Patterns of Occupancy and Digital Integration Are Changing the Role of the Store


Digital transformation is now a worldwide phenomenon, and it's one that's having a global effect on store networks as customer expectations change and the underlying technology matures. In the UK for example, the percentage of internet sales has almost doubled since 2013, going from 10% to 18% in aggregate (and more, in some sectors).

The shift to eCommerce has led to a dramatic rise in physical store closures, with even household names like Marks and Spencer, Debenhams, and Mothercare feeling the pinch. With convenience and a world of choice merely a click away, and direct-to-consumer brands capable of delivering products to the customer within hours, retailers are having to rethink the part that physical outlets play in promoting their survival in this new economic reality.

New Patterns of Occupancy

The 2020 outlook for Bed Bath & Beyond, a US retailer specializing in bath mats, bedsheets, potholders, and other household accessories, gives a telling object lesson. The brand's physical stores are enormous, with some occupying more than 80,000 square feet and displaying around 300,000 items from floor to ceiling.

Bed Bath & Beyond intends to turn 40 of those stores into big empty boxes by March 2020, together with the closure of 20 more outlets from other chains that the brand owns, such as buybuy BABY and Cost Plus World Market.

Company executives say the goal is to strike a better balance between the retailer's brick-and-mortar trade and its digital presence. These moves are symptomatic of a general need for retailers to redefine the role of physical stores in line with digital economics and the digital consumer.

Store performance has traditionally relied on local supply and demand, local catchment areas, and micro-location factors such as unit size or position on the high street. But an analysis by L.E.K. Consulting of the recent store closure programs announced by three major retailers suggests that the relationship between these factors has changed, and that new factors are coming into play.

Criteria such as brand, range, customer experience, and price are gaining in importance. And retailers can no longer define the value of an individual store solely on the profit it generates from within its catchment area. In the age of eCommerce, a physical store plays a part in promoting a brand and boosting its total revenue, through both physical and digital means.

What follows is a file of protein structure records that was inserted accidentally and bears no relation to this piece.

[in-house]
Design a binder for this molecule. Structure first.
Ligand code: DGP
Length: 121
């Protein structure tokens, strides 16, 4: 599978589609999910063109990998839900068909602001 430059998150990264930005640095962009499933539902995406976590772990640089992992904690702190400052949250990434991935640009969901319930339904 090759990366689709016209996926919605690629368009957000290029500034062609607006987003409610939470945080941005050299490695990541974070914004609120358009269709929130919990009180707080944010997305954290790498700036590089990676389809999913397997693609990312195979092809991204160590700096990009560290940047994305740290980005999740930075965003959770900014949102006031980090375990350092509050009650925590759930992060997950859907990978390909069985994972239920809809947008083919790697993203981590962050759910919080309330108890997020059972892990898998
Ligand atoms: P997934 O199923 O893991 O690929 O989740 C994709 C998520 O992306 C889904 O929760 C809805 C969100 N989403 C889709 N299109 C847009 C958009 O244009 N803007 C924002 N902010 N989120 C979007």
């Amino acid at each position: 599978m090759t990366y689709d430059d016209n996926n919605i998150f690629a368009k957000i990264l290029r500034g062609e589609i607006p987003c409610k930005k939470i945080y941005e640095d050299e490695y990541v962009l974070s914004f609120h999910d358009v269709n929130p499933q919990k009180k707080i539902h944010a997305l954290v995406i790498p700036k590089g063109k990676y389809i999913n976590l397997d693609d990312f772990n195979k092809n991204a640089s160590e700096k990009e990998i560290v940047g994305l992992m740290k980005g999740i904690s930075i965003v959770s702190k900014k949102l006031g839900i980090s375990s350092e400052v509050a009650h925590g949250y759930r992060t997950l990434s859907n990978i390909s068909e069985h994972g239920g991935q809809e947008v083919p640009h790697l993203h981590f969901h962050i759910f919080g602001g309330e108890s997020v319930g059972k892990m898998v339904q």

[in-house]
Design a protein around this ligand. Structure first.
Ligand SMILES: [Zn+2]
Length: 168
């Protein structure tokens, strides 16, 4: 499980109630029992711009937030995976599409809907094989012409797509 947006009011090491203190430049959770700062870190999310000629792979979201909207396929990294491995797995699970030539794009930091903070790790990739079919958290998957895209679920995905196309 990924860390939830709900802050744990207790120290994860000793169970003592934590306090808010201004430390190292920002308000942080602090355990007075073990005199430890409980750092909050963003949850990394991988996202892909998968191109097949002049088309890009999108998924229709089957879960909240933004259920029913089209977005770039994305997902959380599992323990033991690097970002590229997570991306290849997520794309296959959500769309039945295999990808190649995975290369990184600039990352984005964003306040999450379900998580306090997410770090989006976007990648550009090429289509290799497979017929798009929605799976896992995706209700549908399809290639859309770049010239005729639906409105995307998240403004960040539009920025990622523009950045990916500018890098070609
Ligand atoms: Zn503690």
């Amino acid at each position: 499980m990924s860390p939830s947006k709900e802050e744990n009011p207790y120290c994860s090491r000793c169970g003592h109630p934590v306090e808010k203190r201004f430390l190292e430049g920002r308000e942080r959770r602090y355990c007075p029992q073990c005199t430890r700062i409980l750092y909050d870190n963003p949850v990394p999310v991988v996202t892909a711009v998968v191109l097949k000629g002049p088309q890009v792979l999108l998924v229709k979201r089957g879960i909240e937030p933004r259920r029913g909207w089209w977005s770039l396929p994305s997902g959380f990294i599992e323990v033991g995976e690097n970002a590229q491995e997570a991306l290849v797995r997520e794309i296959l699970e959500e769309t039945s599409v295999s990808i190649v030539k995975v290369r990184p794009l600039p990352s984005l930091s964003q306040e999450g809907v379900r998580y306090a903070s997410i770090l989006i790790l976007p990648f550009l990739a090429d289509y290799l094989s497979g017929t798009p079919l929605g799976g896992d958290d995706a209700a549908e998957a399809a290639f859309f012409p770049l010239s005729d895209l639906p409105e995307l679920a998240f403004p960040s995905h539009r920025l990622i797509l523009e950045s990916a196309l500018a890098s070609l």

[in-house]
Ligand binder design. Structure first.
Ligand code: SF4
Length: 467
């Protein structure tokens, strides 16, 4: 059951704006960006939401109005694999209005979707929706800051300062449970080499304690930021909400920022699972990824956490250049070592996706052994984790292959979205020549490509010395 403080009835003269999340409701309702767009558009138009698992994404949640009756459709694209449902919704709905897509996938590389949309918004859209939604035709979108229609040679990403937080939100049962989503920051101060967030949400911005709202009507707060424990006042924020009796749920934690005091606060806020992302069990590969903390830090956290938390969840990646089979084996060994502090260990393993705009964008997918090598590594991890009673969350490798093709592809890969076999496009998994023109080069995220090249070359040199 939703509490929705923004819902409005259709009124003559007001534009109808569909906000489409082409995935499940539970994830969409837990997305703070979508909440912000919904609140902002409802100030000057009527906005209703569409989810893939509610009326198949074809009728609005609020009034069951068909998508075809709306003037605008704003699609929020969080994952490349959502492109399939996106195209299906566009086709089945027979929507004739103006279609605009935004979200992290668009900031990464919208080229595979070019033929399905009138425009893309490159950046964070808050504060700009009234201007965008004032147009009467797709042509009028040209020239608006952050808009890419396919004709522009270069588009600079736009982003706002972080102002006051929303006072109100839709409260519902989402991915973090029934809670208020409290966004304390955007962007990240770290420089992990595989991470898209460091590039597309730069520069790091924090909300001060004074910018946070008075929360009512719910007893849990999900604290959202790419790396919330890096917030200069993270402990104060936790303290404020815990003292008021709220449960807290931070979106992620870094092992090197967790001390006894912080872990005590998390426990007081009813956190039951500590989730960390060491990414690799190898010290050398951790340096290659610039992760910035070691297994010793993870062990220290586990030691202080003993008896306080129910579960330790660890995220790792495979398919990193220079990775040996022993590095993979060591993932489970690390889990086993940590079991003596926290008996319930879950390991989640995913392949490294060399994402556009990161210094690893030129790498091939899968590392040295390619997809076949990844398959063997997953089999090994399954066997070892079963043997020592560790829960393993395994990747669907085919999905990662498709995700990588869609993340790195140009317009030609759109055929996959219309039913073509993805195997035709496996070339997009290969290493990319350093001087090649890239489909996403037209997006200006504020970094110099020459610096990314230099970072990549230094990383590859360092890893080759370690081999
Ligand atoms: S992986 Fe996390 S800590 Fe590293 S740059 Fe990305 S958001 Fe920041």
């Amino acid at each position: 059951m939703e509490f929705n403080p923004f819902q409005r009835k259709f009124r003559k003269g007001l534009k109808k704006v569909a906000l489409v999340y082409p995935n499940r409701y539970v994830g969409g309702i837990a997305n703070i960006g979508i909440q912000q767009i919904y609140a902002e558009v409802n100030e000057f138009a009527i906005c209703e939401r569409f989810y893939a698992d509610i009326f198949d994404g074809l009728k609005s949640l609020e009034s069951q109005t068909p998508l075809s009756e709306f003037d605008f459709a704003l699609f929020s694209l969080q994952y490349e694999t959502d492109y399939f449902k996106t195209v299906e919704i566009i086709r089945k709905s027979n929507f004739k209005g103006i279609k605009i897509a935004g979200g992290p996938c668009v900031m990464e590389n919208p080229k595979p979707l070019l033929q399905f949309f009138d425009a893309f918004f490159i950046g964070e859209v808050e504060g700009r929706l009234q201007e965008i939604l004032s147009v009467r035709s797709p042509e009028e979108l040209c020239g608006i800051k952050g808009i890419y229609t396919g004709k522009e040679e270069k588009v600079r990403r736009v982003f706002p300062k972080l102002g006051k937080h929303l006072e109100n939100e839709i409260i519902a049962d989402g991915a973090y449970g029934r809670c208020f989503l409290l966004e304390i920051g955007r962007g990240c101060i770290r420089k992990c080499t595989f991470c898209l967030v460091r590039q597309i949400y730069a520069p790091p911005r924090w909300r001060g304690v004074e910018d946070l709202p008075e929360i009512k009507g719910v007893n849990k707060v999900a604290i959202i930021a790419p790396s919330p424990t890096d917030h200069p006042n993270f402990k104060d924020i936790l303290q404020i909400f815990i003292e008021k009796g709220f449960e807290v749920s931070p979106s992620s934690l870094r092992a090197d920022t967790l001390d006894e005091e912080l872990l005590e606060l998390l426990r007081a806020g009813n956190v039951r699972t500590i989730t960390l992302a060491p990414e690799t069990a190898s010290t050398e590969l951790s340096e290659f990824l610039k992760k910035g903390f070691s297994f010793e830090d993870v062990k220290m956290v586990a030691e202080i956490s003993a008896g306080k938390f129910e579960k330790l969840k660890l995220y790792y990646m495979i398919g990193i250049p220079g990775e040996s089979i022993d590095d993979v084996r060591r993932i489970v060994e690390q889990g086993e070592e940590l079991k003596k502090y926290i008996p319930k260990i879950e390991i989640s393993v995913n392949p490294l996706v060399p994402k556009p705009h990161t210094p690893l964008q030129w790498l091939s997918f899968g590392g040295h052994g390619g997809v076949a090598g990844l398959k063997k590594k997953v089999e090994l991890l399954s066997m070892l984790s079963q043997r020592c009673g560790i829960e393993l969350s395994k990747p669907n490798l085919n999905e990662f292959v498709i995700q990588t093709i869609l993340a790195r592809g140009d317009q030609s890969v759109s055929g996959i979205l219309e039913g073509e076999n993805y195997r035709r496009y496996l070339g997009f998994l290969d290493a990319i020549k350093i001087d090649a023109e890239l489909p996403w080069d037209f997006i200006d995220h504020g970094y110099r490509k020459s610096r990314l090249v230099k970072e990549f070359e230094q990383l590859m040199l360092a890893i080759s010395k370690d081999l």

Changing Roles for the Store

With many brands maintaining a presence and inventory that spans both physical and digital channels, the remit of the retail store is expanding. While customers enjoy the convenience of online shopping, the in-store experience can give them value in ways that the internet cannot.

Opportunities to physically sample and get a feel for the items they're weighing up, click and collect schemes, product returns, and direct consultation with human assistants are just some of the value propositions that stores can now provide.

Integrating physical with digital can enable brands to extend a consistent, high-quality experience to consumers across all channels. For instance, the Chinese online retailer Alibaba has opened over 60 stores under the Freshippo brand name, where customers can use an app to scan products, get information about specific items, and pay for their merchandise. The stores also serve as logistics hubs where consumers can enjoy delivery in one hour or less, regardless of whether their order is placed in-store or through the app.

The closure of big box outlets is also giving some retailers opportunities to capitalize on new uses for recently vacated sites, while others are optimizing the usage of existing space for innovative purposes.

Savvy real estate managers are reaping dividends from new occupancy in old department store and shopping mall venues through lifestyle and experiential tenants such as fitness centers, specialist restaurants, and multimedia installations.

Progressive retailers are revitalizing their locations with specialty kiosks or "stores within stores", which allow external partnerships with high-end product suppliers, restaurant owners, and other brands that shake up the mix and provide consumers with an enriched experience in-store. The staging of events, behind-the-scenes tours, or interactive demonstrations are other experiential options that can repurpose physical stores and give customers an engaging reason to visit the site again.

Rethinking the Store Is Key to Survival

As customer expectations and digital technology continue to transform the landscape, physical stores will have to play a role for retailers in engaging new customers, collecting data, building relationships, and acting as fulfillment centers, delivery points, and service providers.

Stores can't do all of this in their traditional form, and retailers will need to adapt and amend their locations to bring them in line with these objectives. The integration of physical and digital will breed new business models, which in turn will require new metrics, Key Performance Indicators, and ways of measuring the store's contribution to the brand.


New roles for the physical store, integrating physical with digital, and the in-store experience are all set to be hot topics at eTail Europe 2020, which takes place from 23 - 24 June, 2020, at the Queen Elizabeth II Conference Centre, London.

Download the agenda today for more information and insights.



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